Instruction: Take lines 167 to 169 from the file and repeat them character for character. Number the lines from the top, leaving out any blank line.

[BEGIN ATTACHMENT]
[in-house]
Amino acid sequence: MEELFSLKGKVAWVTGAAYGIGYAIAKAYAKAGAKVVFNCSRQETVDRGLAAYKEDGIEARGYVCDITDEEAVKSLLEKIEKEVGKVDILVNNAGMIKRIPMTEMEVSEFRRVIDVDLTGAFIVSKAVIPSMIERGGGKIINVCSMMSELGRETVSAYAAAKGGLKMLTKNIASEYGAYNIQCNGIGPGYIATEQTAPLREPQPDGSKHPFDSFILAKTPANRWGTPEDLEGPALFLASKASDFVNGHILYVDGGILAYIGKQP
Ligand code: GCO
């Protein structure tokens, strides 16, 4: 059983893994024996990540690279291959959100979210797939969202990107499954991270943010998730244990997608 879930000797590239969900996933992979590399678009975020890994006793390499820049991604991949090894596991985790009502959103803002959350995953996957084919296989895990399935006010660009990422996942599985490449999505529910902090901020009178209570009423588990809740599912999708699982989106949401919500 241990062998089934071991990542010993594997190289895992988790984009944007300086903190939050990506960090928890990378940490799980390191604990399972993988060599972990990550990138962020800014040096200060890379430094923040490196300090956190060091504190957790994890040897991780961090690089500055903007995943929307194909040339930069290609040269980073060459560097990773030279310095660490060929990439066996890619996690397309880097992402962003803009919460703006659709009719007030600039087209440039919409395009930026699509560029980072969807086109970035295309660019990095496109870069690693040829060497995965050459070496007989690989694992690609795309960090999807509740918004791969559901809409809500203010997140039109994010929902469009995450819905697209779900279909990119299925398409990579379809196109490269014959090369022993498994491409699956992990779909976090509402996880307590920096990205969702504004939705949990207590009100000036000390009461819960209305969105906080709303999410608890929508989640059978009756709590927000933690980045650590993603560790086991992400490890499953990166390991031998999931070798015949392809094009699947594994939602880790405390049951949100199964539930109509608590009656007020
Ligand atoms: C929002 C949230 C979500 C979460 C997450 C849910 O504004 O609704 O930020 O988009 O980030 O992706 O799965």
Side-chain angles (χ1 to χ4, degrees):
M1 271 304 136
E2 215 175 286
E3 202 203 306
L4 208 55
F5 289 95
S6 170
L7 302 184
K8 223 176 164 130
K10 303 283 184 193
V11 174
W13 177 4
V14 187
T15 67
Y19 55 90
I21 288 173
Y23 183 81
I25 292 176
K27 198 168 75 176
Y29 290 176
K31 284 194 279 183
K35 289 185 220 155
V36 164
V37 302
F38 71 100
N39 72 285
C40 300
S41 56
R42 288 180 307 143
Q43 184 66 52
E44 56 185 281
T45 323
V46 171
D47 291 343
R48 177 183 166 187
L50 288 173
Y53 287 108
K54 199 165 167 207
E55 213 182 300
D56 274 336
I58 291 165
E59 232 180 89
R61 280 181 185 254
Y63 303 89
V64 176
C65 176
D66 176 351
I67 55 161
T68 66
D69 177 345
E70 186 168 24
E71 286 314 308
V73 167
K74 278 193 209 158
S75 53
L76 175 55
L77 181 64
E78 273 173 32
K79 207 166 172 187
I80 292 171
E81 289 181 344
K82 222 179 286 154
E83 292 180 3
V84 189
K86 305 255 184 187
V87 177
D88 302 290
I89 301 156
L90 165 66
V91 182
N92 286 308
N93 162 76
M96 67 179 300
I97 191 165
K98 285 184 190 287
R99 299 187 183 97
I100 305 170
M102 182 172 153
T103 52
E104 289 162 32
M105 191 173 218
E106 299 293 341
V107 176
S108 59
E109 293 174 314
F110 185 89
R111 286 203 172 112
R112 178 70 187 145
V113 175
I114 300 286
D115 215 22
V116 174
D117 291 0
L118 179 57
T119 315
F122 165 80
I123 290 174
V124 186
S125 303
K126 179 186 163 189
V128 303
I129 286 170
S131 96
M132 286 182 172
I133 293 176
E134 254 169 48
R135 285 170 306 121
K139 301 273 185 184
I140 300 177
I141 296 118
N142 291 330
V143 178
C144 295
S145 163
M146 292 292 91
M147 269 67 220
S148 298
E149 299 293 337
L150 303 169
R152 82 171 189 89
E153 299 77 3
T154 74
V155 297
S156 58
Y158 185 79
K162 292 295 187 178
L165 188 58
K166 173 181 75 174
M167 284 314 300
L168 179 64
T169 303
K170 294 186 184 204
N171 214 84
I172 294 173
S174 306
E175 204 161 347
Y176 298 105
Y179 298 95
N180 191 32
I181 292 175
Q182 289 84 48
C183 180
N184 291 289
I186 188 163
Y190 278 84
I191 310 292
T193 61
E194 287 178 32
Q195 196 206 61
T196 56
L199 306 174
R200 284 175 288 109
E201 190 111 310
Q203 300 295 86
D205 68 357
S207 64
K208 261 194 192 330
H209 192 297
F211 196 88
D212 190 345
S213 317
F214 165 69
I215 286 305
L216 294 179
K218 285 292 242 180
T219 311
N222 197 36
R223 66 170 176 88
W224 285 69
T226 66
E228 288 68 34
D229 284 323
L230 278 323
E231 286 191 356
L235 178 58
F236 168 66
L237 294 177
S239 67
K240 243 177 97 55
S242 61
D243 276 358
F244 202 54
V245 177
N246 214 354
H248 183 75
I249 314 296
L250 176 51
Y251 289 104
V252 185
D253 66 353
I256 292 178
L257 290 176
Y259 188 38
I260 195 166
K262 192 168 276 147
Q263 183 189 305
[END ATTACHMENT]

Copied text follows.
F214 165 69
I215 286 305
L216 294 179